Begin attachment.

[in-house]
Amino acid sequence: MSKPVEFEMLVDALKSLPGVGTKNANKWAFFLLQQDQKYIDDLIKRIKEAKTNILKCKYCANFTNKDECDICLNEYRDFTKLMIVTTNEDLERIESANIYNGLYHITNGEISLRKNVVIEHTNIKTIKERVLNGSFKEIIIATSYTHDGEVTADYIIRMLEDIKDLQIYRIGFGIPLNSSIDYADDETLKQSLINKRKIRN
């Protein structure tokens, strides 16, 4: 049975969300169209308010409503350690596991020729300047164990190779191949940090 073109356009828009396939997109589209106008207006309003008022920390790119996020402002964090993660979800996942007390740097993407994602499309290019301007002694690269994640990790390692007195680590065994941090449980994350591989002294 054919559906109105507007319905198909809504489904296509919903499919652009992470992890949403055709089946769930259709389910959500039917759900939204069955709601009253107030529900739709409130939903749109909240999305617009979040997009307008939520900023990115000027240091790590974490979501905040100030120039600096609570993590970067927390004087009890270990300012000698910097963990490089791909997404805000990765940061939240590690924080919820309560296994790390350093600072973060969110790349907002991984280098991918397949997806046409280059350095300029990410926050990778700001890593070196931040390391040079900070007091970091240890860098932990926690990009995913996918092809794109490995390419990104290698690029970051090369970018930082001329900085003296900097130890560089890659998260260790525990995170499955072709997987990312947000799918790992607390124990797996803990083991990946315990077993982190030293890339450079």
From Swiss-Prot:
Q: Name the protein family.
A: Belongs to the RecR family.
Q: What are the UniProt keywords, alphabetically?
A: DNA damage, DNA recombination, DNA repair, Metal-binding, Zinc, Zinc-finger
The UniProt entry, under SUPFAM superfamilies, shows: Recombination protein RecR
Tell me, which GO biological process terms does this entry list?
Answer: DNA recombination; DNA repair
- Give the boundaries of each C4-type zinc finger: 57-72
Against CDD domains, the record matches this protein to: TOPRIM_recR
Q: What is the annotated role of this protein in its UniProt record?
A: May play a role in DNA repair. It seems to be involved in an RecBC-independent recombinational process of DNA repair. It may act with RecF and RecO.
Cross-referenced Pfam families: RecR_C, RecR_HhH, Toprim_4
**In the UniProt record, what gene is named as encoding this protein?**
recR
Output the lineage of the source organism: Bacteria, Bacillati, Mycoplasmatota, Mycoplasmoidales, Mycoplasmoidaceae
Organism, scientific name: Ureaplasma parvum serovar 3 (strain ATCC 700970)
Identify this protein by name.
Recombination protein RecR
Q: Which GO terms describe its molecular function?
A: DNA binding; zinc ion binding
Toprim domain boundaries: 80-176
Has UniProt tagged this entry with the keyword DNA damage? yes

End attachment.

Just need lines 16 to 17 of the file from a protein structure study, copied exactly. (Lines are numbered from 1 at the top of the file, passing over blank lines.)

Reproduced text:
Cross-referenced Pfam families: RecR_C, RecR_HhH, Toprim_4
**In the UniProt record, what gene is named as encoding this protein?**